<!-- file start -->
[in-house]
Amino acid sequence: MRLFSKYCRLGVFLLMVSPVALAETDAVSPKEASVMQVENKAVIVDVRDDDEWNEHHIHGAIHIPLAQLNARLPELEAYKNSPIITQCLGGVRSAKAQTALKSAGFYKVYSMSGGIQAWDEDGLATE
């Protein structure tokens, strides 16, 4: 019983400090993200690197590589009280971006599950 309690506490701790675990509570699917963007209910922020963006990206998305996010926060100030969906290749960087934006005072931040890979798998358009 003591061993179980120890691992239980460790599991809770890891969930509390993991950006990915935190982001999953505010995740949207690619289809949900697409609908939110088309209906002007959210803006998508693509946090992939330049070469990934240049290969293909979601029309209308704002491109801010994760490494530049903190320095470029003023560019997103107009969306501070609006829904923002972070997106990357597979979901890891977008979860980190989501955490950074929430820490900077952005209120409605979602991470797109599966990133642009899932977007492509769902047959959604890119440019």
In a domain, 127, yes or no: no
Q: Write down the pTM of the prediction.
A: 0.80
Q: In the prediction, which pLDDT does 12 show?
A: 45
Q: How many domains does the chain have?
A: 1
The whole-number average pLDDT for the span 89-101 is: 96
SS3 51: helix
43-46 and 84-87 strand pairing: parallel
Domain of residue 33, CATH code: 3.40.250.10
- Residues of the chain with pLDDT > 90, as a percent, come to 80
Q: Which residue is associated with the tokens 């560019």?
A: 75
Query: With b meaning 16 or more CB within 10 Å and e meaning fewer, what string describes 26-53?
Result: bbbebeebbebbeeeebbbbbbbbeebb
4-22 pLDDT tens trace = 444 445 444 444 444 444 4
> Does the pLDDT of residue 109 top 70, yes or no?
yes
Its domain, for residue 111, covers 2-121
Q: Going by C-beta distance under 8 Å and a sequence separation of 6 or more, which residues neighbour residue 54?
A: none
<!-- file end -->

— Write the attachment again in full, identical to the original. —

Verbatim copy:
[in-house]
Amino acid sequence: MRLFSKYCRLGVFLLMVSPVALAETDAVSPKEASVMQVENKAVIVDVRDDDEWNEHHIHGAIHIPLAQLNARLPELEAYKNSPIITQCLGGVRSAKAQTALKSAGFYKVYSMSGGIQAWDEDGLATE
């Protein structure tokens, strides 16, 4: 019983400090993200690197590589009280971006599950 309690506490701790675990509570699917963007209910922020963006990206998305996010926060100030969906290749960087934006005072931040890979798998358009 003591061993179980120890691992239980460790599991809770890891969930509390993991950006990915935190982001999953505010995740949207690619289809949900697409609908939110088309209906002007959210803006998508693509946090992939330049070469990934240049290969293909979601029309209308704002491109801010994760490494530049903190320095470029003023560019997103107009969306501070609006829904923002972070997106990357597979979901890891977008979860980190989501955490950074929430820490900077952005209120409605979602991470797109599966990133642009899932977007492509769902047959959604890119440019």
In a domain, 127, yes or no: no
Q: Write down the pTM of the prediction.
A: 0.80
Q: In the prediction, which pLDDT does 12 show?
A: 45
Q: How many domains does the chain have?
A: 1
The whole-number average pLDDT for the span 89-101 is: 96
SS3 51: helix
43-46 and 84-87 strand pairing: parallel
Domain of residue 33, CATH code: 3.40.250.10
- Residues of the chain with pLDDT > 90, as a percent, come to 80
Q: Which residue is associated with the tokens 């560019």?
A: 75
Query: With b meaning 16 or more CB within 10 Å and e meaning fewer, what string describes 26-53?
Result: bbbebeebbebbeeeebbbbbbbbeebb
4-22 pLDDT tens trace = 444 445 444 444 444 444 4
> Does the pLDDT of residue 109 top 70, yes or no?
yes
Its domain, for residue 111, covers 2-121
Q: Going by C-beta distance under 8 Å and a sequence separation of 6 or more, which residues neighbour residue 54?
A: none